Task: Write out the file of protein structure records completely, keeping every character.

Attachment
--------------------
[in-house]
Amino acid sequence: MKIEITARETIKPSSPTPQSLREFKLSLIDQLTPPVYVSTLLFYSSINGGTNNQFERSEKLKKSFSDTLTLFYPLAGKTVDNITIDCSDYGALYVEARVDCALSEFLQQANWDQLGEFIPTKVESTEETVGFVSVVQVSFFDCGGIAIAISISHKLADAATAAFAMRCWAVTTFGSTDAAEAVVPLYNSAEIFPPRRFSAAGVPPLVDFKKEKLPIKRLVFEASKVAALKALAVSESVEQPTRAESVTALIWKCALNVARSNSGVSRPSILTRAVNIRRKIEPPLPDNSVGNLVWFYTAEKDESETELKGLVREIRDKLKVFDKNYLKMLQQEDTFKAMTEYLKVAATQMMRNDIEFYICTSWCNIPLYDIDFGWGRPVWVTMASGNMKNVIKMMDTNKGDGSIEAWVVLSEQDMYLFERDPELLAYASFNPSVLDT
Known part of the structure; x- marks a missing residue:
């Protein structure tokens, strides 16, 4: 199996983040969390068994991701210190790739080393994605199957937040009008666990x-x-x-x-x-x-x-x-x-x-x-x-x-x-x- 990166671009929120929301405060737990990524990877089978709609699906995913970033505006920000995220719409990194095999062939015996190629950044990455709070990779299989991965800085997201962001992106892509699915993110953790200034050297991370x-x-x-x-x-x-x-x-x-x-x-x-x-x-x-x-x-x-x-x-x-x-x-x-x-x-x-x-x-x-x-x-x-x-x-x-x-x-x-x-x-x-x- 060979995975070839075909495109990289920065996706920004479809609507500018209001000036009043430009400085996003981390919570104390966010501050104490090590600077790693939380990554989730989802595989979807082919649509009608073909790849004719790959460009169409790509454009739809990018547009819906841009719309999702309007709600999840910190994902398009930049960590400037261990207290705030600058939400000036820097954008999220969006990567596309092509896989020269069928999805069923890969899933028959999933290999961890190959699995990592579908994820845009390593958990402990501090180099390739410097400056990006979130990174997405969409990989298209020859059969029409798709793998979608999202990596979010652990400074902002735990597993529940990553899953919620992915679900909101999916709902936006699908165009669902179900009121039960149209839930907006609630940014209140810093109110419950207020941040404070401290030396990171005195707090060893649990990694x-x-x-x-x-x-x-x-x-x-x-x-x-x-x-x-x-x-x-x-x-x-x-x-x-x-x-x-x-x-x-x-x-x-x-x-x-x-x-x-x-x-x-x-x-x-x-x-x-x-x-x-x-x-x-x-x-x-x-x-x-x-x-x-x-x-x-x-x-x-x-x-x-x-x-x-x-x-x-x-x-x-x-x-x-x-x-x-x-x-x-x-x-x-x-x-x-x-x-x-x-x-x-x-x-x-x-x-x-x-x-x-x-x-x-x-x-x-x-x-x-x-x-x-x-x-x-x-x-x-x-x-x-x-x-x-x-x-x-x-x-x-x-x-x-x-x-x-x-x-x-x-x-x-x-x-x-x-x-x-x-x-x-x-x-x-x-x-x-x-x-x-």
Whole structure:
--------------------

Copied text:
[in-house]
Amino acid sequence: MKIEITARETIKPSSPTPQSLREFKLSLIDQLTPPVYVSTLLFYSSINGGTNNQFERSEKLKKSFSDTLTLFYPLAGKTVDNITIDCSDYGALYVEARVDCALSEFLQQANWDQLGEFIPTKVESTEETVGFVSVVQVSFFDCGGIAIAISISHKLADAATAAFAMRCWAVTTFGSTDAAEAVVPLYNSAEIFPPRRFSAAGVPPLVDFKKEKLPIKRLVFEASKVAALKALAVSESVEQPTRAESVTALIWKCALNVARSNSGVSRPSILTRAVNIRRKIEPPLPDNSVGNLVWFYTAEKDESETELKGLVREIRDKLKVFDKNYLKMLQQEDTFKAMTEYLKVAATQMMRNDIEFYICTSWCNIPLYDIDFGWGRPVWVTMASGNMKNVIKMMDTNKGDGSIEAWVVLSEQDMYLFERDPELLAYASFNPSVLDT
Known part of the structure; x- marks a missing residue:
């Protein structure tokens, strides 16, 4: 199996983040969390068994991701210190790739080393994605199957937040009008666990x-x-x-x-x-x-x-x-x-x-x-x-x-x-x- 990166671009929120929301405060737990990524990877089978709609699906995913970033505006920000995220719409990194095999062939015996190629950044990455709070990779299989991965800085997201962001992106892509699915993110953790200034050297991370x-x-x-x-x-x-x-x-x-x-x-x-x-x-x-x-x-x-x-x-x-x-x-x-x-x-x-x-x-x-x-x-x-x-x-x-x-x-x-x-x-x-x- 060979995975070839075909495109990289920065996706920004479809609507500018209001000036009043430009400085996003981390919570104390966010501050104490090590600077790693939380990554989730989802595989979807082919649509009608073909790849004719790959460009169409790509454009739809990018547009819906841009719309999702309007709600999840910190994902398009930049960590400037261990207290705030600058939400000036820097954008999220969006990567596309092509896989020269069928999805069923890969899933028959999933290999961890190959699995990592579908994820845009390593958990402990501090180099390739410097400056990006979130990174997405969409990989298209020859059969029409798709793998979608999202990596979010652990400074902002735990597993529940990553899953919620992915679900909101999916709902936006699908165009669902179900009121039960149209839930907006609630940014209140810093109110419950207020941040404070401290030396990171005195707090060893649990990694x-x-x-x-x-x-x-x-x-x-x-x-x-x-x-x-x-x-x-x-x-x-x-x-x-x-x-x-x-x-x-x-x-x-x-x-x-x-x-x-x-x-x-x-x-x-x-x-x-x-x-x-x-x-x-x-x-x-x-x-x-x-x-x-x-x-x-x-x-x-x-x-x-x-x-x-x-x-x-x-x-x-x-x-x-x-x-x-x-x-x-x-x-x-x-x-x-x-x-x-x-x-x-x-x-x-x-x-x-x-x-x-x-x-x-x-x-x-x-x-x-x-x-x-x-x-x-x-x-x-x-x-x-x-x-x-x-x-x-x-x-x-x-x-x-x-x-x-x-x-x-x-x-x-x-x-x-x-x-x-x-x-x-x-x-x-x-x-x-x-x-x-």
Whole structure: